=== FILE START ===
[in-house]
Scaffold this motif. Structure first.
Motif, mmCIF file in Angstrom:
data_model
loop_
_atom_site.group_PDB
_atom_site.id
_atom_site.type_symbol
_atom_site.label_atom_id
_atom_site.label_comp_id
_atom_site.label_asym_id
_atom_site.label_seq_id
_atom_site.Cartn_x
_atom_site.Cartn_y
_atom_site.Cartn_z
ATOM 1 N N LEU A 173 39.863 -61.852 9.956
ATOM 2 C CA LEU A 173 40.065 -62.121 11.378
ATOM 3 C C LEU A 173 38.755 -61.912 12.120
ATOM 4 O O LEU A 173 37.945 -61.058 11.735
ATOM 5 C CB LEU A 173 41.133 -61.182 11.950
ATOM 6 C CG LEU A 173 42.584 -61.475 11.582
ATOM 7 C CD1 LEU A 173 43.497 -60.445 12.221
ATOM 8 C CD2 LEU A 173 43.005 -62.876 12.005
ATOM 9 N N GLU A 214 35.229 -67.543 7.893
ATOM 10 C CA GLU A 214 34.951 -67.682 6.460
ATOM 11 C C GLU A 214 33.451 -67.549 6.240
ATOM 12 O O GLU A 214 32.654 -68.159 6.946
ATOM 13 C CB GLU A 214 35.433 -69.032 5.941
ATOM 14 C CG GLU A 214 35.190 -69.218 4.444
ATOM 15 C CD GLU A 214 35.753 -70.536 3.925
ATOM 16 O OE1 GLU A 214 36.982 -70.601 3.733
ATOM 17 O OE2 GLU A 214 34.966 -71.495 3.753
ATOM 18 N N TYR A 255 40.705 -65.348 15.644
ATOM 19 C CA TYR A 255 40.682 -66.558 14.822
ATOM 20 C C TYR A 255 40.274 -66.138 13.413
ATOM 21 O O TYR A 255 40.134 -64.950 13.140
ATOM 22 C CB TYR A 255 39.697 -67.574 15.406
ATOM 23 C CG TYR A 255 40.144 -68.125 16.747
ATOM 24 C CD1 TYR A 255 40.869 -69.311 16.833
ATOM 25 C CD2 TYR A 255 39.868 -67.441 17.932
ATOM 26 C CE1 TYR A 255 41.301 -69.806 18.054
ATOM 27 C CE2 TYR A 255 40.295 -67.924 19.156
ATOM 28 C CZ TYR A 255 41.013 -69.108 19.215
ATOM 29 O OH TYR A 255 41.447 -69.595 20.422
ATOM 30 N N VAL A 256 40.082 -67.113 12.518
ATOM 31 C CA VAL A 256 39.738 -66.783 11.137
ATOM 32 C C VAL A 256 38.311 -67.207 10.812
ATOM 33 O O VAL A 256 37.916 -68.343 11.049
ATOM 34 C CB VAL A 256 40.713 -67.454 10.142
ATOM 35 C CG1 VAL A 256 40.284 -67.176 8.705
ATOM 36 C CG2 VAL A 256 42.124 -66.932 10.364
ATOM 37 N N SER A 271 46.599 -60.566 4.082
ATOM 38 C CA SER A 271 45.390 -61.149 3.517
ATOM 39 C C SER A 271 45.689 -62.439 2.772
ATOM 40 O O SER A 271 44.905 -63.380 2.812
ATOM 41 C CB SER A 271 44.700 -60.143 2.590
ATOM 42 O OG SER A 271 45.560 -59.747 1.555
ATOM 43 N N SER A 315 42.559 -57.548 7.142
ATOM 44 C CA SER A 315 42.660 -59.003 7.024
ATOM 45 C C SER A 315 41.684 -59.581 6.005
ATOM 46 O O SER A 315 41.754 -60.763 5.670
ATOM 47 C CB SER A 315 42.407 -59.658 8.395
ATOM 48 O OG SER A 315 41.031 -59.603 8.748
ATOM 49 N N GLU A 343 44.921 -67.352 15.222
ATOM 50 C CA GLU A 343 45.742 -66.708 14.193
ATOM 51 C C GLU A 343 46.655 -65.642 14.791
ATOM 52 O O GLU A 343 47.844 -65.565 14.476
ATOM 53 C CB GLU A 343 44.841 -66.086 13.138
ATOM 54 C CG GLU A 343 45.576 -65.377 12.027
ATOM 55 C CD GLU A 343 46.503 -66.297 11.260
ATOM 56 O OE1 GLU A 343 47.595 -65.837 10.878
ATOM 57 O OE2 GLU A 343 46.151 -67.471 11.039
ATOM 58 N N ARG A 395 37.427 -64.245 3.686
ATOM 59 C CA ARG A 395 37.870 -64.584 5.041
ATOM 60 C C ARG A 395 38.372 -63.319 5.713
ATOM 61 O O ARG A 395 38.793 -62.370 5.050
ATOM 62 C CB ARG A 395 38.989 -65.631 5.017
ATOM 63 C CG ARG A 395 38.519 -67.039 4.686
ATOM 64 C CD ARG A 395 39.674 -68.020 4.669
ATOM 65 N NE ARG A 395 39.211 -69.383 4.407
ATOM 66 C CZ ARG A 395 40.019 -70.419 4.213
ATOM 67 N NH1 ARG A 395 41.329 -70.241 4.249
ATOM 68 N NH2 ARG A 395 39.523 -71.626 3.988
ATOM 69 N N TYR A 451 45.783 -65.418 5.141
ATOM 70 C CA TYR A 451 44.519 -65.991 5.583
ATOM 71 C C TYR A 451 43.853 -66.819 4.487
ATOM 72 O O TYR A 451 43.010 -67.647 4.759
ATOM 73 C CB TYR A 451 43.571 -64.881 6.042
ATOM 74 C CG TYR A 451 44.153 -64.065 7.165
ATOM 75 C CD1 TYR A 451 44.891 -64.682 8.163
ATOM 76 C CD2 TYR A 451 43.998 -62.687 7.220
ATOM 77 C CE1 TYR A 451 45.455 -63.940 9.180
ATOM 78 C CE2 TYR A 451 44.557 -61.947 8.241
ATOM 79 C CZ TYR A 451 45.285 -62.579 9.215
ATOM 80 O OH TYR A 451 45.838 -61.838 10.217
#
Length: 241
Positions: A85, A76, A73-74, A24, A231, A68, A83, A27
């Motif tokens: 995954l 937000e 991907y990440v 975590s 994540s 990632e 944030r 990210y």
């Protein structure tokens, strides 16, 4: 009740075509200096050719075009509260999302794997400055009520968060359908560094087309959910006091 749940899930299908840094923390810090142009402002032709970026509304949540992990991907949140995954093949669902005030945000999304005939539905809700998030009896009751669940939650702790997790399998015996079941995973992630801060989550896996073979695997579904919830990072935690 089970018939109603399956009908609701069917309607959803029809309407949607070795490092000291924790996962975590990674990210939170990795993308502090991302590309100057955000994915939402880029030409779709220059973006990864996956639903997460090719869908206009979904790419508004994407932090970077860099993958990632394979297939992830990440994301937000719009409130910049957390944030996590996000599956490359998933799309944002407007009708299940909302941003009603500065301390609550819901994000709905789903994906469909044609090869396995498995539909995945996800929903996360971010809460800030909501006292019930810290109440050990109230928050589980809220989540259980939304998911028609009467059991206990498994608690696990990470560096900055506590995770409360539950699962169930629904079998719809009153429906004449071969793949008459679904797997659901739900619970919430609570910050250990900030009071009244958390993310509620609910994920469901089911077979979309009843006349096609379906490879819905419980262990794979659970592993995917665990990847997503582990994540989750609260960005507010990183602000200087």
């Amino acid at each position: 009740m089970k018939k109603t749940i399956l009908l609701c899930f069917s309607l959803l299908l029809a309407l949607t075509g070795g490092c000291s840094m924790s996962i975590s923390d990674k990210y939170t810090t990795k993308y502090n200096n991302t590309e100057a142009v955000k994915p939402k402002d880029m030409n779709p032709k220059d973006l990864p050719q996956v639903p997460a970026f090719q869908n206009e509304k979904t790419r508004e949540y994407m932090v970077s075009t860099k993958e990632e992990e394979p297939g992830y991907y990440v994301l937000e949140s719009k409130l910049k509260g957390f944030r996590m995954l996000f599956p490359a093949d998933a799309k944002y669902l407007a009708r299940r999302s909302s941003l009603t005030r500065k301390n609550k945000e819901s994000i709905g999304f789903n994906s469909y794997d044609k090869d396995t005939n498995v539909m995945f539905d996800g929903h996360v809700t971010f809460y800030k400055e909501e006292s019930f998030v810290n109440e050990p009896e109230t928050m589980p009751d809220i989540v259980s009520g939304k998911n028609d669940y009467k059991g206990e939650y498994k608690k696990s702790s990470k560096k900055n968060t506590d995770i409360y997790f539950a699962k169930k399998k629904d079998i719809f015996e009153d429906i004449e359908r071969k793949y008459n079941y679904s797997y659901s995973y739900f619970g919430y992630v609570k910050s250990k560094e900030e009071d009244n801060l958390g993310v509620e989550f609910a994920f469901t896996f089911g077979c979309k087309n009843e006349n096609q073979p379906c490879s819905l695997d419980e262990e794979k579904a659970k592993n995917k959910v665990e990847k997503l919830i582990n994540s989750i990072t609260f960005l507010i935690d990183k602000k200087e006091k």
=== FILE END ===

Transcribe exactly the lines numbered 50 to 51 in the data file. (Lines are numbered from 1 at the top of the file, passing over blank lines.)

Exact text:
ATOM 35 C CG1 VAL A 256 40.284 -67.176 8.705
ATOM 36 C CG2 VAL A 256 42.124 -66.932 10.364